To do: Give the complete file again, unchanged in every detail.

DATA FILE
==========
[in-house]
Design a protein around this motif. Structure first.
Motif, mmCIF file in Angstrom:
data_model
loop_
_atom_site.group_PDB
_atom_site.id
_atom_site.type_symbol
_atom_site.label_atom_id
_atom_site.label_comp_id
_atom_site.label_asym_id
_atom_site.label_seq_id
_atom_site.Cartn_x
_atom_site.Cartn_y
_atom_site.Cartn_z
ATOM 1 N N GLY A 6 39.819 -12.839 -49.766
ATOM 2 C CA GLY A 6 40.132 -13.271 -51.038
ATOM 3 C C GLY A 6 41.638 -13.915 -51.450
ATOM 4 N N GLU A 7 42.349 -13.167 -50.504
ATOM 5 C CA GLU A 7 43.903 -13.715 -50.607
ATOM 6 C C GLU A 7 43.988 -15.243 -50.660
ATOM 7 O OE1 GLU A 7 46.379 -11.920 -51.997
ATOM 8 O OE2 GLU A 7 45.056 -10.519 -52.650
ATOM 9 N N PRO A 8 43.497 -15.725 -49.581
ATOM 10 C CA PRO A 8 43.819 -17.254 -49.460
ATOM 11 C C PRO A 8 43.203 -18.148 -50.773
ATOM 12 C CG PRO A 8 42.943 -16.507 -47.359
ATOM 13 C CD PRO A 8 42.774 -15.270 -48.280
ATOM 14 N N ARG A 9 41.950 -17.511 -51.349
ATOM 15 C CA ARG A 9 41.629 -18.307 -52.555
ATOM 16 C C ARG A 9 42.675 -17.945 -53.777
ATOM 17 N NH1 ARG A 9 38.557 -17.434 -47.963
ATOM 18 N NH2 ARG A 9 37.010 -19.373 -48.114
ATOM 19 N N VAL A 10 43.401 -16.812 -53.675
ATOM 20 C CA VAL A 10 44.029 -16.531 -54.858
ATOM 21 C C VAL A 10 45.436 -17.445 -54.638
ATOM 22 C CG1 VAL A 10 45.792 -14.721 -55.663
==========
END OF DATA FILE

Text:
[in-house]
Design a protein around this motif. Structure first.
Motif, mmCIF file in Angstrom:
data_model
loop_
_atom_site.group_PDB
_atom_site.id
_atom_site.type_symbol
_atom_site.label_atom_id
_atom_site.label_comp_id
_atom_site.label_asym_id
_atom_site.label_seq_id
_atom_site.Cartn_x
_atom_site.Cartn_y
_atom_site.Cartn_z
ATOM 1 N N GLY A 6 39.819 -12.839 -49.766
ATOM 2 C CA GLY A 6 40.132 -13.271 -51.038
ATOM 3 C C GLY A 6 41.638 -13.915 -51.450
ATOM 4 N N GLU A 7 42.349 -13.167 -50.504
ATOM 5 C CA GLU A 7 43.903 -13.715 -50.607
ATOM 6 C C GLU A 7 43.988 -15.243 -50.660
ATOM 7 O OE1 GLU A 7 46.379 -11.920 -51.997
ATOM 8 O OE2 GLU A 7 45.056 -10.519 -52.650
ATOM 9 N N PRO A 8 43.497 -15.725 -49.581
ATOM 10 C CA PRO A 8 43.819 -17.254 -49.460
ATOM 11 C C PRO A 8 43.203 -18.148 -50.773
ATOM 12 C CG PRO A 8 42.943 -16.507 -47.359
ATOM 13 C CD PRO A 8 42.774 -15.270 -48.280
ATOM 14 N N ARG A 9 41.950 -17.511 -51.349
ATOM 15 C CA ARG A 9 41.629 -18.307 -52.555
ATOM 16 C C ARG A 9 42.675 -17.945 -53.777
ATOM 17 N NH1 ARG A 9 38.557 -17.434 -47.963
ATOM 18 N NH2 ARG A 9 37.010 -19.373 -48.114
ATOM 19 N N VAL A 10 43.401 -16.812 -53.675
ATOM 20 C CA VAL A 10 44.029 -16.531 -54.858
ATOM 21 C C VAL A 10 45.436 -17.445 -54.638
ATOM 22 C CG1 VAL A 10 45.792 -14.721 -55.663